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Cell Host Microbe. 2014 Dec 10;16(6):770-7. doi: 10.1016/j.chom.2014.11.003.

Gut microbiota-produced succinate promotes C. difficile infection after antibiotic treatment or motility disturbance.

Author information

1
Department of Microbiology and Immunology, Stanford University School of Medicine, Stanford, CA 94305, USA.
2
Department of Comparative Medicine, Stanford University School of Medicine, Stanford, CA 94305, USA.
3
Department of Population Health and Reproduction, University of California, Davis, Davis, CA 95616, USA.
4
Department of Microbiology and Immunology, Stanford University School of Medicine, Stanford, CA 94305, USA. Electronic address: jsonnenburg@stanford.edu.

Abstract

Clostridium difficile is a leading cause of antibiotic-associated diarrhea. The mechanisms underlying C. difficile expansion after microbiota disturbance are just emerging. We assessed the gene expression profile of C. difficile within the intestine of gnotobiotic mice to identify genes regulated in response to either dietary or microbiota compositional changes. In the presence of the gut symbiont Bacteroides thetaiotaomicron, C. difficile induces a pathway that metabolizes the microbiota fermentation end-product succinate to butyrate. The low concentration of succinate present in the microbiota of conventional mice is transiently elevated upon antibiotic treatment or chemically induced intestinal motility disturbance, and C. difficile exploits this succinate spike to expand in the perturbed intestine. A C. difficile mutant compromised in succinate utilization is at a competitive disadvantage during these perturbations. Understanding the metabolic mechanisms involved in microbiota-C. difficile interactions may help to identify approaches for the treatment and prevention of C. difficile-associated diseases.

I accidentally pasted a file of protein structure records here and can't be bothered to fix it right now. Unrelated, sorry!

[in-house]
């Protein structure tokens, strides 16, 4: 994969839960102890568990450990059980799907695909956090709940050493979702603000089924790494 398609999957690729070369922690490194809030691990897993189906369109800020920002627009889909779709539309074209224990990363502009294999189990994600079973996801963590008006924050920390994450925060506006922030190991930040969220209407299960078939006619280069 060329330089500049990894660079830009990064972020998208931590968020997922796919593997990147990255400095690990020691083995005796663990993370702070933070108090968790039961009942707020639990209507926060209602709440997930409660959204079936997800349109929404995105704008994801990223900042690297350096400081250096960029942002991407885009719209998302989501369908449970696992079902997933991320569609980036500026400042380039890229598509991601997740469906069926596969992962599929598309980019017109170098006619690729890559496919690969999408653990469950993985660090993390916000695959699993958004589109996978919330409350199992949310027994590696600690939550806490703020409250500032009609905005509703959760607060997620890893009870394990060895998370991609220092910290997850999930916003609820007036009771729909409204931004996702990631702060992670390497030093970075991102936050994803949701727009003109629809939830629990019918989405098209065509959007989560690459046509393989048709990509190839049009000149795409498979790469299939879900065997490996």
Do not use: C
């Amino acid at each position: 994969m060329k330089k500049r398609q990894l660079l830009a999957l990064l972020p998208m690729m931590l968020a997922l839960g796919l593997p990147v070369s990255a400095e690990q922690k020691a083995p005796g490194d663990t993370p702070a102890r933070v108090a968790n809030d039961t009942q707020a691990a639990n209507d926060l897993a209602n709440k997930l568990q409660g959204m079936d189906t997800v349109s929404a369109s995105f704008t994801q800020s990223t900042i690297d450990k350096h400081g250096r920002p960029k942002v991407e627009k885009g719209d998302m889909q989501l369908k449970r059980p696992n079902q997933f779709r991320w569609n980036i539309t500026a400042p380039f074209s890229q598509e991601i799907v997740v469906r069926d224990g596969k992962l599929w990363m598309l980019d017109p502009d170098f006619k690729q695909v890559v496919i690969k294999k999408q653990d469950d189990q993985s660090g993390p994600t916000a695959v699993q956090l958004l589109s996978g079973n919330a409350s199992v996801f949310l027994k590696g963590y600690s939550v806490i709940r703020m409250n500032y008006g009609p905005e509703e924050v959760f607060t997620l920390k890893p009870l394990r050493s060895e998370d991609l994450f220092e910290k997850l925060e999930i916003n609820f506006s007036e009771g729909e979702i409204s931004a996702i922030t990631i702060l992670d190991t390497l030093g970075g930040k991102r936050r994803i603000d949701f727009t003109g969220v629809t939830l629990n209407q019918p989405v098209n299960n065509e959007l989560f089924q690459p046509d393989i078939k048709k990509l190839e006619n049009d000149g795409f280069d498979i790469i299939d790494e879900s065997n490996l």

Comment in

PMID:
25498344
PMCID:
PMC4859344
DOI:
10.1016/j.chom.2014.11.003
[Indexed for MEDLINE]
Free PMC Article

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